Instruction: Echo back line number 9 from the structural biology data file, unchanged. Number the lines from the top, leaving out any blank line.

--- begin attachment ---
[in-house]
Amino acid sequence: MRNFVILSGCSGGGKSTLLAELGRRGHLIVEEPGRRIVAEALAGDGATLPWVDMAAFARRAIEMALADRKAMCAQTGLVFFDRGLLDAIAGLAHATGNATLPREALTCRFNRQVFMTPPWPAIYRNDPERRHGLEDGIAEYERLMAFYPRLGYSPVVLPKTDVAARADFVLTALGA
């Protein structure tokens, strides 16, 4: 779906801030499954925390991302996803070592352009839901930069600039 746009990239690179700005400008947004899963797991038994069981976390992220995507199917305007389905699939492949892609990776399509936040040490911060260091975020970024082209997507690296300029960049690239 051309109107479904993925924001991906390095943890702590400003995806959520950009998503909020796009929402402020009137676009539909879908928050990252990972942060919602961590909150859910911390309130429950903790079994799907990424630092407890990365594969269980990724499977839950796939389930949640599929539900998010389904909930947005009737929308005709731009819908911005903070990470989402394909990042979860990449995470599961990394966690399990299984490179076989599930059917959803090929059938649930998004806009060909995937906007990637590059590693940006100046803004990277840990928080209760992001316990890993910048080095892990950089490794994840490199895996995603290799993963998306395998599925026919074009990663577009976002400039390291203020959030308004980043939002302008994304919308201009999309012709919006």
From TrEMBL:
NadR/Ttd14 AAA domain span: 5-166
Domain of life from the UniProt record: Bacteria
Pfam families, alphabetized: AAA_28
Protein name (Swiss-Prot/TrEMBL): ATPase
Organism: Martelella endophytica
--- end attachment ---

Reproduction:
Organism: Martelella endophytica